today, though, i thought i’d share with you my menu (the same thing my mom serves and both of my grandmothers served throughout my childhood) with a few tips and recipes. just in case you ever wondered and/or wanted to have your own little thanksgiving meal during the upcoming weekend. (more on the meaning of thanksgiving later in the week).
My Classic Reynolds/Grant Expat Thanksgiving Menu
- green bean casserole
- sweet potatoes
- corn pudding
- cranberry sauce (i only use this if i can find it in a can like you can in the states. it’s more of a symbolic thing. no one really likes it. hehe.)
- pumpkin pie (sweet potato pie)
- wine, soda, water
- 2 cups onion, chopped
- 1 cup celery, chopped
- 6 tablespoons unsalted butter
- 1 teaspoon ground sage
- 1 teaspoon dried thyme
- 12 cups white bread (about 1 pound), cut into half inch cubes, toast the bread in your oven for 5-7 minutes at 400 degrees or until slightly golden.
- 1 teaspoon salt
- 1/2 teaspoon black pepper
- 1 1/2 cups chicken or turkey broth (homemade or bought)
Cook onion and celery in skillet on medium heat with butter until soft. Transfer to bowl and add all the remaining ingredients and toss well. Either stuff inside turkey cavity or cook in a shallow casserole at 350 degrees, covered for 1/2 an hour. Uncover, and cook for another ten minutes to get crispy.
Recipe courtesy of Sara Moulton c. 2000
green bean casserole
- 500g frozen or fresh green beans
- 1/2 cup sour cream
- 1/2 (10.75 ounce) can condensed cream of mushroom soup
- 1 teaspoon salt
- 1 onion (chopped)
- I cup (or however much you want) French’s Fried Onions (if you cannot find any fried onion pieces, the use this recipe:
- 1/2 teaspoon ground black pepper
- 1/2 cup coarsely crushed buttery round crackers or crushed corn flakes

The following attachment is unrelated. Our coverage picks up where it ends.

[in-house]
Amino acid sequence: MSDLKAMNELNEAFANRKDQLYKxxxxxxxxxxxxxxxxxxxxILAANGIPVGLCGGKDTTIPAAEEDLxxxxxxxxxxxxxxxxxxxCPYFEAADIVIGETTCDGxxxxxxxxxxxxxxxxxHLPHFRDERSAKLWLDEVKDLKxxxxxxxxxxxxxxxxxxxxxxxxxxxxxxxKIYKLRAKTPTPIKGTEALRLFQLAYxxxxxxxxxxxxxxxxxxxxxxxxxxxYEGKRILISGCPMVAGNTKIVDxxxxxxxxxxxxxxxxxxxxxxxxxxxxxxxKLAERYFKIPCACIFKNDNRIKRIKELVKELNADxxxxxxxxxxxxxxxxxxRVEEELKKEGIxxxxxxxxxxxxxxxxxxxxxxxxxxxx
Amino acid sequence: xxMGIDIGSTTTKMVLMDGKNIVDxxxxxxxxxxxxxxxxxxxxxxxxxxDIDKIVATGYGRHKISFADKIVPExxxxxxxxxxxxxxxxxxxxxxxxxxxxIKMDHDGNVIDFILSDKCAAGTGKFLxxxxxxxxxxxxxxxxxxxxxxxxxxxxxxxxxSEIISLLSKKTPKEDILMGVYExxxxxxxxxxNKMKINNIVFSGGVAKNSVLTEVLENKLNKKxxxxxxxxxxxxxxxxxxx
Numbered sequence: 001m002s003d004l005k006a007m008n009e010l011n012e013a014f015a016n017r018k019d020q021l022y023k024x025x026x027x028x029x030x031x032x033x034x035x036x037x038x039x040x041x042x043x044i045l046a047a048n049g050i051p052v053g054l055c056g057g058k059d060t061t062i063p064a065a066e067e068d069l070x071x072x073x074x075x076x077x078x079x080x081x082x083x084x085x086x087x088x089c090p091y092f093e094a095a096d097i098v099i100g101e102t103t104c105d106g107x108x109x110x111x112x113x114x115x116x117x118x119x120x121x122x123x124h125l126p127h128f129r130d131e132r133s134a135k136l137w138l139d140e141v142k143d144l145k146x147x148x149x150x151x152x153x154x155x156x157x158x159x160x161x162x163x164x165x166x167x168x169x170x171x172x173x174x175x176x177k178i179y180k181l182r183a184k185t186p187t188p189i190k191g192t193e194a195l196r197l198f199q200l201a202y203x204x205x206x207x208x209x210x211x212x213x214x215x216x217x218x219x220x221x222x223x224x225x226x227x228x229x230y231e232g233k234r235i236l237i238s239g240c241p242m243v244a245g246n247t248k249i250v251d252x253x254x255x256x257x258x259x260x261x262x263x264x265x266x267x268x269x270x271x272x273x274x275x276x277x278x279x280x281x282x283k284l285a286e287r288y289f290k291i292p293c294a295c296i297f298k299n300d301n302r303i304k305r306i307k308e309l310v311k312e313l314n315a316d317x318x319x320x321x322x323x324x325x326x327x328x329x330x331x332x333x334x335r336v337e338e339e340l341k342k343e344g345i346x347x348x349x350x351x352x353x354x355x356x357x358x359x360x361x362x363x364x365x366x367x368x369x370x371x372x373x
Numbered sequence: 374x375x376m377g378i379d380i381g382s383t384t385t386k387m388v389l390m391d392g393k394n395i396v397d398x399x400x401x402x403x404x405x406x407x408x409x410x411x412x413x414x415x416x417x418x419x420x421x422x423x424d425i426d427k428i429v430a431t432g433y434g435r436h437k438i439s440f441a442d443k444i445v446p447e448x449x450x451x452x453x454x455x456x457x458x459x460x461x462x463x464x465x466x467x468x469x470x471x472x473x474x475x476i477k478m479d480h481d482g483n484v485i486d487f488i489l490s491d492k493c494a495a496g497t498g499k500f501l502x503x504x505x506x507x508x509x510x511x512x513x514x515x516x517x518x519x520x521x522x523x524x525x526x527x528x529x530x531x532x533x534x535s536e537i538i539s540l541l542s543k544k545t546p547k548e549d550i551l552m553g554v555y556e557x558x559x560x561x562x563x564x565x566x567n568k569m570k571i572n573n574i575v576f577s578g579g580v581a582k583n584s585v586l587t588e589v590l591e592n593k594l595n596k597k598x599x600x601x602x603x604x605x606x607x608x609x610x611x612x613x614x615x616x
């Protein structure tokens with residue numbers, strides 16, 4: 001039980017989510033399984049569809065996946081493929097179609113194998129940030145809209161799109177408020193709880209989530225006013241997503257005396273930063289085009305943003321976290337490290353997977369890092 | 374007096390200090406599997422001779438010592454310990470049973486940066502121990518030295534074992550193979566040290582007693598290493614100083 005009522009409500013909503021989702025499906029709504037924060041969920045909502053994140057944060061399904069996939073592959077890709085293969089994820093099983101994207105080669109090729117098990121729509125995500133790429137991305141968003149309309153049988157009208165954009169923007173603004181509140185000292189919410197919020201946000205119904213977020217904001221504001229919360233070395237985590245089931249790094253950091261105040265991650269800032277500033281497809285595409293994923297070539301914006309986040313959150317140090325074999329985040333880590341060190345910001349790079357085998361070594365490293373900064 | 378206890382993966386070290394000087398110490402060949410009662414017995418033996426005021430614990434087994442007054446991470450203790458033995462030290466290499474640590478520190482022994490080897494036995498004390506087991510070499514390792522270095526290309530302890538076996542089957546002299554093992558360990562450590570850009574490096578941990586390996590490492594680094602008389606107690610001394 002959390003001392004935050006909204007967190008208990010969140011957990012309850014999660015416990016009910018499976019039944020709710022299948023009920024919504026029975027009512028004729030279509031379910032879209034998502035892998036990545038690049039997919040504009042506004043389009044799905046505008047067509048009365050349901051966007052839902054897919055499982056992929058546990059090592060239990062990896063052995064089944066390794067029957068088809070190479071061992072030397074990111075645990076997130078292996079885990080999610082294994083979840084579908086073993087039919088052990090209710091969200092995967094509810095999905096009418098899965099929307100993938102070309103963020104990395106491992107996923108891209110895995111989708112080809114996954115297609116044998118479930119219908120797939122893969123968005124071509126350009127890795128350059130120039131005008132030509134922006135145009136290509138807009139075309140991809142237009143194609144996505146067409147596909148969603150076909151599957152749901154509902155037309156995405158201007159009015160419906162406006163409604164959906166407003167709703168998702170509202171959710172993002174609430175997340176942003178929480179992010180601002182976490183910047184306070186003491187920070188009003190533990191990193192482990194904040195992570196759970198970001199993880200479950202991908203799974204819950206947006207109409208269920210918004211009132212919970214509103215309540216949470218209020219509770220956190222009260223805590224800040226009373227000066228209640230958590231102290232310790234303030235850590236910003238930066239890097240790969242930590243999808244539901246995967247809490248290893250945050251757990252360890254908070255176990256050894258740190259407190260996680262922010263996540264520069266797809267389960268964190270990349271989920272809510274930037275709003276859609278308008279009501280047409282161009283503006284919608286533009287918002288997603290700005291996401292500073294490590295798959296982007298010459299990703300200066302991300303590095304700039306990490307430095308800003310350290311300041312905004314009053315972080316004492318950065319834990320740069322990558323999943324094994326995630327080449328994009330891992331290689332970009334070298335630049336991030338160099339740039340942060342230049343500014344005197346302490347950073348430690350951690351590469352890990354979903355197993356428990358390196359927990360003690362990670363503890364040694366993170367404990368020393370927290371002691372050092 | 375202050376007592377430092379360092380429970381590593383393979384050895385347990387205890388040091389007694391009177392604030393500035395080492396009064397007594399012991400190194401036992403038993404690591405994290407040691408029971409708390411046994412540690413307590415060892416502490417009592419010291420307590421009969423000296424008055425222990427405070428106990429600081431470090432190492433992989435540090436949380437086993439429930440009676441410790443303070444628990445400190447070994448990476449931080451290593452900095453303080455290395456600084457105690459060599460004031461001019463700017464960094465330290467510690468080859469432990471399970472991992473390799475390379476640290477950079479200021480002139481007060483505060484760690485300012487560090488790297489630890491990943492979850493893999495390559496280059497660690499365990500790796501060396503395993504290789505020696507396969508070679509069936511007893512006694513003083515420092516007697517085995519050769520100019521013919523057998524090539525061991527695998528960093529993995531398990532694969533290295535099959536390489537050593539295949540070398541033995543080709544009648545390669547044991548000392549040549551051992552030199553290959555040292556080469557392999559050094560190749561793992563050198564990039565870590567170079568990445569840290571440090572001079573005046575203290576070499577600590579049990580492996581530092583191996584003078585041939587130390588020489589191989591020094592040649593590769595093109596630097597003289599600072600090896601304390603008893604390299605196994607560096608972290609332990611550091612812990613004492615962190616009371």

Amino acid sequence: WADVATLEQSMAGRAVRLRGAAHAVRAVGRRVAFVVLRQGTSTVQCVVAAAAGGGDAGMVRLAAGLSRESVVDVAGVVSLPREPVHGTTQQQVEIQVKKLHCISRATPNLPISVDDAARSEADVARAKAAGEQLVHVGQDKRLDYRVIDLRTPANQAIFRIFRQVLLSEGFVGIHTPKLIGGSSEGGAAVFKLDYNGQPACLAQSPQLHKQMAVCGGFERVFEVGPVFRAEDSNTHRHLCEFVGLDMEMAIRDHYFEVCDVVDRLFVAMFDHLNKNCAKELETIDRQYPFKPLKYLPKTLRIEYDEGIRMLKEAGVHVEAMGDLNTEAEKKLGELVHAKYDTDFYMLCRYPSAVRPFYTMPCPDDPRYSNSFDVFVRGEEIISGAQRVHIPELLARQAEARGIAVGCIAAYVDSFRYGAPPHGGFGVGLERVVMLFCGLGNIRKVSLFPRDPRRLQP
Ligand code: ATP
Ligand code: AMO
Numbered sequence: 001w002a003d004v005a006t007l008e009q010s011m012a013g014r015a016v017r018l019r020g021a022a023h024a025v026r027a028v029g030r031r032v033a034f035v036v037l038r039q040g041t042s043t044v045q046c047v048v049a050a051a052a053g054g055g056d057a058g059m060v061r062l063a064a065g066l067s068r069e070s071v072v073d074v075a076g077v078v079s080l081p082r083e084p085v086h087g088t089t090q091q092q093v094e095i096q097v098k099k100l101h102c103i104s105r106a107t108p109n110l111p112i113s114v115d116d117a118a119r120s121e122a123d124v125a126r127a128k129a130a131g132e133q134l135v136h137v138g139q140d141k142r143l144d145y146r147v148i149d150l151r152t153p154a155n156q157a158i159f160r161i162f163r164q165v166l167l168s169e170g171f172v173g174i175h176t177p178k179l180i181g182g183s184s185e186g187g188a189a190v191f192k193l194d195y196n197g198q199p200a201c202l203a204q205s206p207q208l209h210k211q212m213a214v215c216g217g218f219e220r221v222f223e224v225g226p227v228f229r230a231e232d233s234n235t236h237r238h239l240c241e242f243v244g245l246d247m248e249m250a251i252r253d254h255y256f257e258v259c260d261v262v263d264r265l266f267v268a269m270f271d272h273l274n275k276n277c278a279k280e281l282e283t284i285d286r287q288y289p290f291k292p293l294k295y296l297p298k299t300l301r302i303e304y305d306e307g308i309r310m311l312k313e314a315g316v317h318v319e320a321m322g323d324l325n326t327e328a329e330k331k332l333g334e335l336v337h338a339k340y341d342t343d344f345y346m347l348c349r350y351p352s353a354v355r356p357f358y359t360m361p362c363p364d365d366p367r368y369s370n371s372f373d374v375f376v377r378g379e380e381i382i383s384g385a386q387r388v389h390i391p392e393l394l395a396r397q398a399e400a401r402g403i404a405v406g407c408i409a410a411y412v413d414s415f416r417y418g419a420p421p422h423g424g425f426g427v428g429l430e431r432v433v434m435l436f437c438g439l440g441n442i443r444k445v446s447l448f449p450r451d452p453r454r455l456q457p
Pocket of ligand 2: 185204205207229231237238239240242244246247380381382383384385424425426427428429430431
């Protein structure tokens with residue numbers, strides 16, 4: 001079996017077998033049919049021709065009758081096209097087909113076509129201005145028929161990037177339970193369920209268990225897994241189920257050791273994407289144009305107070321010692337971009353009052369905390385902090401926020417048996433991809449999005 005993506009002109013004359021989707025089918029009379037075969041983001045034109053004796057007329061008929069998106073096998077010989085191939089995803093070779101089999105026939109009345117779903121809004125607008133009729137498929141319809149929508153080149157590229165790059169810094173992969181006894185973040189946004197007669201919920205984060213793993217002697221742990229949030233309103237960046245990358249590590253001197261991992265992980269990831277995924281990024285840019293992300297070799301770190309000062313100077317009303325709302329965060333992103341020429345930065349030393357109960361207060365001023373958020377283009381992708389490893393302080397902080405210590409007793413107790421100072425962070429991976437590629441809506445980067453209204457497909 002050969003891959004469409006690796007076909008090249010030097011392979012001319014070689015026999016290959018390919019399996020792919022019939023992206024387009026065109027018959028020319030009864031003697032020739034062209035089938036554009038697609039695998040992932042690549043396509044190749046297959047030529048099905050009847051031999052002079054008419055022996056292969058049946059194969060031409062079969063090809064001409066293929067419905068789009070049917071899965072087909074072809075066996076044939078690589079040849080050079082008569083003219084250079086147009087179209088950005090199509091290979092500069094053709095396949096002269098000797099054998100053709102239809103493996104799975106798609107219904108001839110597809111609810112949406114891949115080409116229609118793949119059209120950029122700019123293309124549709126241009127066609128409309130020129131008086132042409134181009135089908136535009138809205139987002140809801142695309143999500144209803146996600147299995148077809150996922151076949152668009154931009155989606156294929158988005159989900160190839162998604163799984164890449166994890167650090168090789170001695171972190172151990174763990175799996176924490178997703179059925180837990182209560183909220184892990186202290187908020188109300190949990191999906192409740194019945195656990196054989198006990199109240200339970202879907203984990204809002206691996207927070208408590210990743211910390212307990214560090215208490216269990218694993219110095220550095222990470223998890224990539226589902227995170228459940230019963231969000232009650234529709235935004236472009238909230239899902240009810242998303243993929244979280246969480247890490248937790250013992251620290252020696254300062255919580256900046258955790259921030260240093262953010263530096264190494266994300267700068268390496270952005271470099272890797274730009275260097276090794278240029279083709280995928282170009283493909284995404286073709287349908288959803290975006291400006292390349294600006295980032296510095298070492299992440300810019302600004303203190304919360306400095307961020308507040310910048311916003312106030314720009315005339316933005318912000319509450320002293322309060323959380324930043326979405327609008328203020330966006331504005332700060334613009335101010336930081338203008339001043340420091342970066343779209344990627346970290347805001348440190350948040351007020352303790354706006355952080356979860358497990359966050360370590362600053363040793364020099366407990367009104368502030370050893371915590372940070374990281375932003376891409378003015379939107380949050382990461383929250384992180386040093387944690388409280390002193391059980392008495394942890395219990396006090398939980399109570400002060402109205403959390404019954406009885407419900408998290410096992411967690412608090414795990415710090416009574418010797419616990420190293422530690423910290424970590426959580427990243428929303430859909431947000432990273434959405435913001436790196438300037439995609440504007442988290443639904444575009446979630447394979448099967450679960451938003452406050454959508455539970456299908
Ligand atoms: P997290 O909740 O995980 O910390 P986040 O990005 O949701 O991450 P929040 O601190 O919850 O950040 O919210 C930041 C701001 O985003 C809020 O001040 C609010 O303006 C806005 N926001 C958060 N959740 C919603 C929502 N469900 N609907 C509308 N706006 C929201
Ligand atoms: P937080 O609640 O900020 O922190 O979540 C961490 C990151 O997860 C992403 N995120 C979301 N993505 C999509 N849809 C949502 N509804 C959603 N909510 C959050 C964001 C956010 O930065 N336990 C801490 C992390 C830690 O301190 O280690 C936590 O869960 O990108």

- 1 tablespoon butter, melted
Preheat the oven to 350 degrees F (175 degrees C). In a medium bowl, mix together the green beans, sour cream, chopped onion, condensed soup, salt and pepper. Spoon into a 2 quart casserole dish. Sprinkle the fried onion pieces over top (Stir melted butter into the crushed crackers/cornflakes, then sprinkle over the top of the casserole). Bake for 30 minutes in the preheated oven, until lightly browned and bubbly.
classic thanksgiving sweet potatoes
- 5 sweet potatoes, peeled and sliced
- 1/2 cup packed brown sugar
- 1/4 cup butter
- 2 tablespoons orange juice
- 2 pinches ground cinnamon
- 2 pinches nutmeg
- 1 (10.5 ounce) package miniature marshmallows
Preheat oven to 350 degrees F (175 degrees C). Boil sliced sweet potatoes in water until tender. Slice the sweet potatoes and the skin will just drop off as they boil. Drain. In a large bowl, blend the potatoes until creamy. Stir in the butter, brown sugar, orange juice to taste and a dash of ground cinnamon. Spread the sweet potato mixture into a 9×13 inch pan. Sprinkle the miniature marshmallows over the top and bake at 350 degrees F (175 degrees C) until golden brown.